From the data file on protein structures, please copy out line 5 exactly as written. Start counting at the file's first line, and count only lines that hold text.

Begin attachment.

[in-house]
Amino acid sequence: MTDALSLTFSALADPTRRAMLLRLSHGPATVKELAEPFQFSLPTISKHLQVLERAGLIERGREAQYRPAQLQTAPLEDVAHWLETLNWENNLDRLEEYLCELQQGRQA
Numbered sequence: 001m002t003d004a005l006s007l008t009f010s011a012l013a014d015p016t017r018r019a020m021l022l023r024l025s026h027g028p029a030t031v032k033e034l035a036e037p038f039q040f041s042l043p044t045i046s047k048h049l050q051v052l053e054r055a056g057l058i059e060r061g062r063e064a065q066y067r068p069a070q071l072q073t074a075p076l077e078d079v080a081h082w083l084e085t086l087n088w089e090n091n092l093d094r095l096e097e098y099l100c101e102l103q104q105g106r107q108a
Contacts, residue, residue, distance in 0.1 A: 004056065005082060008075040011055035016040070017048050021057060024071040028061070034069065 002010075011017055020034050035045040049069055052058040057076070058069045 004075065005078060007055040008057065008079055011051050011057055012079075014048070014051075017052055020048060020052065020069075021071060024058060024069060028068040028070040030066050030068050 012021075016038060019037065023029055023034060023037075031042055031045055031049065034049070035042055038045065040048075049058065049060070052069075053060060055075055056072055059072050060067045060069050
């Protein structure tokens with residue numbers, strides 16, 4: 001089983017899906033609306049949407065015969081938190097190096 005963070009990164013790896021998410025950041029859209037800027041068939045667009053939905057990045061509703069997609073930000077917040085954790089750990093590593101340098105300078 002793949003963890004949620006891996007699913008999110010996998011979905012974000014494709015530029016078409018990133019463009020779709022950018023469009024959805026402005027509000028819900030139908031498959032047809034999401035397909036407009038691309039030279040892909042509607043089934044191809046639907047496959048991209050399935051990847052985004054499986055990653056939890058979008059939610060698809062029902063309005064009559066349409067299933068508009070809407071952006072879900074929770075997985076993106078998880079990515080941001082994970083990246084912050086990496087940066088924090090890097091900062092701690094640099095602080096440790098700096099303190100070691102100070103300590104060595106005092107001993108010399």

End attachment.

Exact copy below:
């Protein structure tokens with residue numbers, strides 16, 4: 001089983017899906033609306049949407065015969081938190097190096 005963070009990164013790896021998410025950041029859209037800027041068939045667009053939905057990045061509703069997609073930000077917040085954790089750990093590593101340098105300078 002793949003963890004949620006891996007699913008999110010996998011979905012974000014494709015530029016078409018990133019463009020779709022950018023469009024959805026402005027509000028819900030139908031498959032047809034999401035397909036407009038691309039030279040892909042509607043089934044191809046639907047496959048991209050399935051990847052985004054499986055990653056939890058979008059939610060698809062029902063309005064009559066349409067299933068508009070809407071952006072879900074929770075997985076993106078998880079990515080941001082994970083990246084912050086990496087940066088924090090890097091900062092701690094640099095602080096440790098700096099303190100070691102100070103300590104060595106005092107001993108010399």